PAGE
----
If you are walking along Hollywood Boulevard and your head is spinning from all the stars on the Hollywood Walk of Fame take a break and head for Grauman’s Chinese Theater along the same boulevard. Here you can meet some well-known characters like SpongeBob and see all the hand and footprints and signatures of your favorite Hollywood stars.
The theater first opened its doors on May 18, 1927. It fast became the most well-known of all of the Grauman’s theaters. It also has the honor of being the last one to be built. The first theater that Sid Grauman built was The Million Dollar Theater in 1918 and it was followed by The Egyptian Theater in 1922. At the Egyptian, the first movie to premiere was “Robin Hood” starring Douglas Fairbanks. Once these theaters became popular Grauman decided to build the kind of theater he had wanted to build for a long time, a Chinese Theater. At this point, you might be wondering if Grauman was Chinese. Sid Grauman was an American showman and not of Chinese descent.
Many years after the death of Grauman Ted Mann purchased the theater in 1973 and named it Mann’s Chinese Theater. His wife was actress Rhonda Fleming and he had a wax figure created of her and placed in a chair among the Chinese wax figures in the lobby. When Mann went bankrupt the theater was sold to Warner Bros. and Paramount Pictures studios. When TCL Corporation got a say as to the name of the theater it became the TCL Chinese Theater but is best known as Grauman’s Chinese Theater. Confusing, isn’t it?
It is most interesting to know how all the hand and footprint activity got started. The story goes that Grauman’s friend actress and producer Norma Talmadge pulled up to the theater and stepping out of her car she stepped into wet cement. It did not take Grauman long to come up with a great idea even though the incident was accidental. The co-owners of the theater were Mary Pickford and her husband Douglas Fairbanks and her signature was the first to be immortalized in cement.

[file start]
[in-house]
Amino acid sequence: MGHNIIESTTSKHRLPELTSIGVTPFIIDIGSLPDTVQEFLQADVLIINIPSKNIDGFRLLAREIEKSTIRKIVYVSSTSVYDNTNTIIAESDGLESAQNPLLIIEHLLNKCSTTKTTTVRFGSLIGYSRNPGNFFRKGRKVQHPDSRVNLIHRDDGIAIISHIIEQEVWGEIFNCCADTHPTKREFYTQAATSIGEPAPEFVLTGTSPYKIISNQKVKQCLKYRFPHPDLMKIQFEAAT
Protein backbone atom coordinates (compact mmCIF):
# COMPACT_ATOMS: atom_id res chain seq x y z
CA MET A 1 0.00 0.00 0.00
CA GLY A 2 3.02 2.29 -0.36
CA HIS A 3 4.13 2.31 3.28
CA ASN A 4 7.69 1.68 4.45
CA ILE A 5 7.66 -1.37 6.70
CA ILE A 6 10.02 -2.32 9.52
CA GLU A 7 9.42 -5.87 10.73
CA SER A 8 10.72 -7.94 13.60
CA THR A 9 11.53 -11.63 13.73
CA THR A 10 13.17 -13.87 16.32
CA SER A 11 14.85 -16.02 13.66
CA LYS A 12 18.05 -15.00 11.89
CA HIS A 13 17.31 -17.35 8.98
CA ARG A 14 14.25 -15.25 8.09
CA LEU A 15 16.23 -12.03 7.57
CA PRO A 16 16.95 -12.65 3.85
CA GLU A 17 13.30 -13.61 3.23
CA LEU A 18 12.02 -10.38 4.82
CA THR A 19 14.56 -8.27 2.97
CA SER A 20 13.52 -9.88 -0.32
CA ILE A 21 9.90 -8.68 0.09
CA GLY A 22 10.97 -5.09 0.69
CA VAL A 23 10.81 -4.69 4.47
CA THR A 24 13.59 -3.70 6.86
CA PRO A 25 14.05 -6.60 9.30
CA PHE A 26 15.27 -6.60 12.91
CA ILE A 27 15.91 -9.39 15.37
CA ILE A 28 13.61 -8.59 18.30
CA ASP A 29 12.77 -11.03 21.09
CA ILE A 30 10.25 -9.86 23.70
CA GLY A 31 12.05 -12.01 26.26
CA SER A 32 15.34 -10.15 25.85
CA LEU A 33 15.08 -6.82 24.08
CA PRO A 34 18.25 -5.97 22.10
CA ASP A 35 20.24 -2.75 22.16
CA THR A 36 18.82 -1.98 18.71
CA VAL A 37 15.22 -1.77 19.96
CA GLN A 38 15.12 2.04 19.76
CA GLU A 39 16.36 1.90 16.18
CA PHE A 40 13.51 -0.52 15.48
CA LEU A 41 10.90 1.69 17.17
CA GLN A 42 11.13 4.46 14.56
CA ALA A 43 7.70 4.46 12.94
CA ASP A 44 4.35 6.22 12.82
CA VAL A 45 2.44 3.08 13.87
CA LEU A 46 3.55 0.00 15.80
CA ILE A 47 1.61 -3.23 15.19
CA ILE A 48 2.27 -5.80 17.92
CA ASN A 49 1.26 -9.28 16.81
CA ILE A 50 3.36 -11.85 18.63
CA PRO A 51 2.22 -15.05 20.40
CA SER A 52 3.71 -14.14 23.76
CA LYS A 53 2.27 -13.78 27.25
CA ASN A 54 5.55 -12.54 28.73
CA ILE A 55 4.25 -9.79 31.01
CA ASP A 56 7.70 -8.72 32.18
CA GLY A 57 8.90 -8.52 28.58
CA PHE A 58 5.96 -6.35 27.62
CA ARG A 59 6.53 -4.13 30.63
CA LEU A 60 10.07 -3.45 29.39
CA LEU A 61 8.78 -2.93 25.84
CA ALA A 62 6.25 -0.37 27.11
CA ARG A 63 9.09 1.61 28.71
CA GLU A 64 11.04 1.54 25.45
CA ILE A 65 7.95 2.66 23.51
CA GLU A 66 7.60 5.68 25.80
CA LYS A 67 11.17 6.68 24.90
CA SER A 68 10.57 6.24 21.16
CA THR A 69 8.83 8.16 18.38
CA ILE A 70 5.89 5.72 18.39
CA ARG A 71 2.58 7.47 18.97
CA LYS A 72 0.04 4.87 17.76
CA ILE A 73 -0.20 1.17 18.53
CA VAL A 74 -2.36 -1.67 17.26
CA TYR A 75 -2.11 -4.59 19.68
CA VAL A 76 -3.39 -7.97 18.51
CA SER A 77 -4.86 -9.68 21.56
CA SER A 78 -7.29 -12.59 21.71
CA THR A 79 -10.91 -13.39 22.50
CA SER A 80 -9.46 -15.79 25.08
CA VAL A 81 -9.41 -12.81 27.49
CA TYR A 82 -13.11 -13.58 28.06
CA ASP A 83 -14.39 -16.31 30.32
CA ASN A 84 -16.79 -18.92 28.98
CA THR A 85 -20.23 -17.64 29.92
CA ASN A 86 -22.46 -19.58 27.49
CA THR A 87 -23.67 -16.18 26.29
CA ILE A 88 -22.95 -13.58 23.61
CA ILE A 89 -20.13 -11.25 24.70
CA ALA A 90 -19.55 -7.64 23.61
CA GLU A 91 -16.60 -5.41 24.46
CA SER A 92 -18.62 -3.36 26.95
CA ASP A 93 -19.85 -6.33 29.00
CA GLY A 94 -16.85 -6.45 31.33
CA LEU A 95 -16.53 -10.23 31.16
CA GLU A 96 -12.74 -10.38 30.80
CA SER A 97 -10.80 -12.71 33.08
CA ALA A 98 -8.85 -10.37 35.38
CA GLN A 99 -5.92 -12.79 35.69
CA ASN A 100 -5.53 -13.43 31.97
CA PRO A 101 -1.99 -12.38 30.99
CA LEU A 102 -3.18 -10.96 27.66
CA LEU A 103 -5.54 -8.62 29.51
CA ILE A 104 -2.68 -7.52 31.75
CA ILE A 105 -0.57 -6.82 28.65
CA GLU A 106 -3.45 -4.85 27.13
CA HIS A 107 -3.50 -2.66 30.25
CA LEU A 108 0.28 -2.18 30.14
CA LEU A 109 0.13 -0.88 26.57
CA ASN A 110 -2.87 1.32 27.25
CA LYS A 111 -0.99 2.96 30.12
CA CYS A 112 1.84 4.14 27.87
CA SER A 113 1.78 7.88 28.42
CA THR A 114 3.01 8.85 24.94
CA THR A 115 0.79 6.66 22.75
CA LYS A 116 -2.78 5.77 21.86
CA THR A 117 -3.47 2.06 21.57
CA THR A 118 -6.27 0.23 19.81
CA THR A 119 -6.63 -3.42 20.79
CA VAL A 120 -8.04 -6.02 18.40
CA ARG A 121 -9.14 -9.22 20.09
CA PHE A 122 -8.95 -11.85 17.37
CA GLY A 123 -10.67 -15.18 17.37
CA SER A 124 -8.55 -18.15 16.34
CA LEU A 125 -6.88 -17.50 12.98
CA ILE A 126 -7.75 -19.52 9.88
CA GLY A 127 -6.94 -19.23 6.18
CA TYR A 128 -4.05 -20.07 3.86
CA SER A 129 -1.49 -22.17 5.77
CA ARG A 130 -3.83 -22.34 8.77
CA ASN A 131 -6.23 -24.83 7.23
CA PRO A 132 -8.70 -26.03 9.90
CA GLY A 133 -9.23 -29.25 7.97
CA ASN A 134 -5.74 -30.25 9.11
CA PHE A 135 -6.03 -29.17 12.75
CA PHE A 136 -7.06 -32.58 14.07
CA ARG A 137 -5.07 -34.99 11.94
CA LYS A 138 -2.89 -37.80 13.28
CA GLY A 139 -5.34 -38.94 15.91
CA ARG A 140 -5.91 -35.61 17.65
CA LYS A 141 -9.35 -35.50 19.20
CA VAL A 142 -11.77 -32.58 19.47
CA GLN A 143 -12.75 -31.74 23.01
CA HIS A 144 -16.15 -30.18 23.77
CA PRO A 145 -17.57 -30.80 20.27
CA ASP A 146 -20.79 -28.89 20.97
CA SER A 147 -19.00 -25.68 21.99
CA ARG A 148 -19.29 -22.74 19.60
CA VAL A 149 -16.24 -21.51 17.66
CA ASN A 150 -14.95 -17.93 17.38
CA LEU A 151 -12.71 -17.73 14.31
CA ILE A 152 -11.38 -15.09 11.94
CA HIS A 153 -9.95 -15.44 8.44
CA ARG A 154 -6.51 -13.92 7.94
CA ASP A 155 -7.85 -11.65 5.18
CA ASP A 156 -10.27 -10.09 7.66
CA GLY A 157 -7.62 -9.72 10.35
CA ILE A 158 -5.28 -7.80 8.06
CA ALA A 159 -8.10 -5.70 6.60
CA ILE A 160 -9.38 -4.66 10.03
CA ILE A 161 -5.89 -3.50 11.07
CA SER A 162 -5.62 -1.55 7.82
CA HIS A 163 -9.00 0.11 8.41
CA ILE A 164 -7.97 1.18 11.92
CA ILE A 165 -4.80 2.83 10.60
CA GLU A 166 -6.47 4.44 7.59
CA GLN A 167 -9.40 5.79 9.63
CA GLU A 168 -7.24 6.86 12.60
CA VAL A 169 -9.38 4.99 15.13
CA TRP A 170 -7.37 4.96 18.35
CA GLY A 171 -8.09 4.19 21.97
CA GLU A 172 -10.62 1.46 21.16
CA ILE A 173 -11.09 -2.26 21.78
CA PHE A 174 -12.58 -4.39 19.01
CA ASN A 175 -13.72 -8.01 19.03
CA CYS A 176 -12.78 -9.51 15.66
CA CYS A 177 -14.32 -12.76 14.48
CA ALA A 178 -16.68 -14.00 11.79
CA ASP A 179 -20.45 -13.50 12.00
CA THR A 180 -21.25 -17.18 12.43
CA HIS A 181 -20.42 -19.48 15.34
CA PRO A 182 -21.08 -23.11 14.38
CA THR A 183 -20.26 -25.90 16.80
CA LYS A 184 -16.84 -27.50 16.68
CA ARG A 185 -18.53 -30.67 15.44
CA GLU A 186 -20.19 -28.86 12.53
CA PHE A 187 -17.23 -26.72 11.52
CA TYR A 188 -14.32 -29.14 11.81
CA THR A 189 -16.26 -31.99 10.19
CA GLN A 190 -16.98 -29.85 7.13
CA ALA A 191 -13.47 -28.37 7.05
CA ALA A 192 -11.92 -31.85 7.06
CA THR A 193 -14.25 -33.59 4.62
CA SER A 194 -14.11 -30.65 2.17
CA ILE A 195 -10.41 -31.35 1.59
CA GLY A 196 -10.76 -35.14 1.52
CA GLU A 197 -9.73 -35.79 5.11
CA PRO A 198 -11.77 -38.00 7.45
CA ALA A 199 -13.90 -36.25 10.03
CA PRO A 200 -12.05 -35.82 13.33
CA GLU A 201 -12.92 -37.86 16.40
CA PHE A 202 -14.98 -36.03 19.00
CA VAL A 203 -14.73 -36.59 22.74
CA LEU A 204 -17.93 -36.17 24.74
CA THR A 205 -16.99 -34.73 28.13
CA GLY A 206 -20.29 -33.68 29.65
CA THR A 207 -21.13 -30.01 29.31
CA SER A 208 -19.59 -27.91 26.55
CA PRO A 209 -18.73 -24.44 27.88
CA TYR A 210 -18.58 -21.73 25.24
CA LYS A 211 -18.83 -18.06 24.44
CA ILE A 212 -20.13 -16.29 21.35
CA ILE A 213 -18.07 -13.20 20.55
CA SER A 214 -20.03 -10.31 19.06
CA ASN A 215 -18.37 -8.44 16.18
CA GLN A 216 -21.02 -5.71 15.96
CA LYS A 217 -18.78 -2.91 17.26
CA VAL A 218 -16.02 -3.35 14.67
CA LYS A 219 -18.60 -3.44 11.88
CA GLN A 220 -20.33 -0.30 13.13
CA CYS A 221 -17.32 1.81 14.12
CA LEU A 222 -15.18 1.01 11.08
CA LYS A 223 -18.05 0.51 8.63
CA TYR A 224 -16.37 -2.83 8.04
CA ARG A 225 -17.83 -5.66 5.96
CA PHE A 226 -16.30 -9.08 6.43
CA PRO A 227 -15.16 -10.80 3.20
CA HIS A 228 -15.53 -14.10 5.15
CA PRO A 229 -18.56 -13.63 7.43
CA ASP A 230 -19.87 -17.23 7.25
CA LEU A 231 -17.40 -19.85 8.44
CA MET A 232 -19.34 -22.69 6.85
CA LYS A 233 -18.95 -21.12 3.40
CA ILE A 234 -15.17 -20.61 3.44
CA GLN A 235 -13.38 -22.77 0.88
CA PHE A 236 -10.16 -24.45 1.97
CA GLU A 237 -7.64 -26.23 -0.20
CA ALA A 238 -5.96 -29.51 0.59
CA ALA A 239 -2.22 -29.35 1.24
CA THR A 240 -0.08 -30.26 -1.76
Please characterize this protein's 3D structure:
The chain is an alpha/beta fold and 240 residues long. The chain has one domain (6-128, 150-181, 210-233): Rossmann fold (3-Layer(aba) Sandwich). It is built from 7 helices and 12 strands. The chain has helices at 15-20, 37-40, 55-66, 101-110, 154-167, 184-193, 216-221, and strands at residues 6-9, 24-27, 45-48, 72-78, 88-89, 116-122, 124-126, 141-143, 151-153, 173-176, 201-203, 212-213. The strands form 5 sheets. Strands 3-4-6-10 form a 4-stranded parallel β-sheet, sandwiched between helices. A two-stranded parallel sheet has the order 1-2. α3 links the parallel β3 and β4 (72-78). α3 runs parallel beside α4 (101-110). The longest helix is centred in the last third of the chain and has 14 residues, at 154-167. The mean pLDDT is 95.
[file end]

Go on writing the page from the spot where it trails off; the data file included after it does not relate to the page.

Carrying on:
Grauman decorated the inside of the theater with various treasures that he brought from China. The most attention is drawn to the Chinese wax figures. At one time it was considered to be good luck for actors and film executives to come to the theater and touch the wax figures when they were about to start a new project. Not only hand and foot imprints have been made. Betty Grable made an imprint of her leg, Whoopi Goldberg of a dreadlock, George Burns of his cigar and John Wayne of his fist. Marilyn Monroe put a rhinestone to dot the I in her name which since has disappeared.
If you should come upon a name that is not familiar to you as you look at all the imprints don’t think it’s a mistake. People who are not Hollywood stars have also been immortalized in the cement by Grauman’s Chinese Theater like opera singers and the person who gave his voice to Donald Duck among others. Actor Donald O’Connor, had his mom pen her name in the square next to his.
When a slab of cement has been given a signature it remains in the forecourt forever. Grauman’s Chinese Theater has also been the site of many major movie premieres… The theater also played host to the Oscars from 1944 to 1946. Today Grauman’s Chinese Theater remains a working theater and is a major landmark and tourist attraction in Los Angeles, California.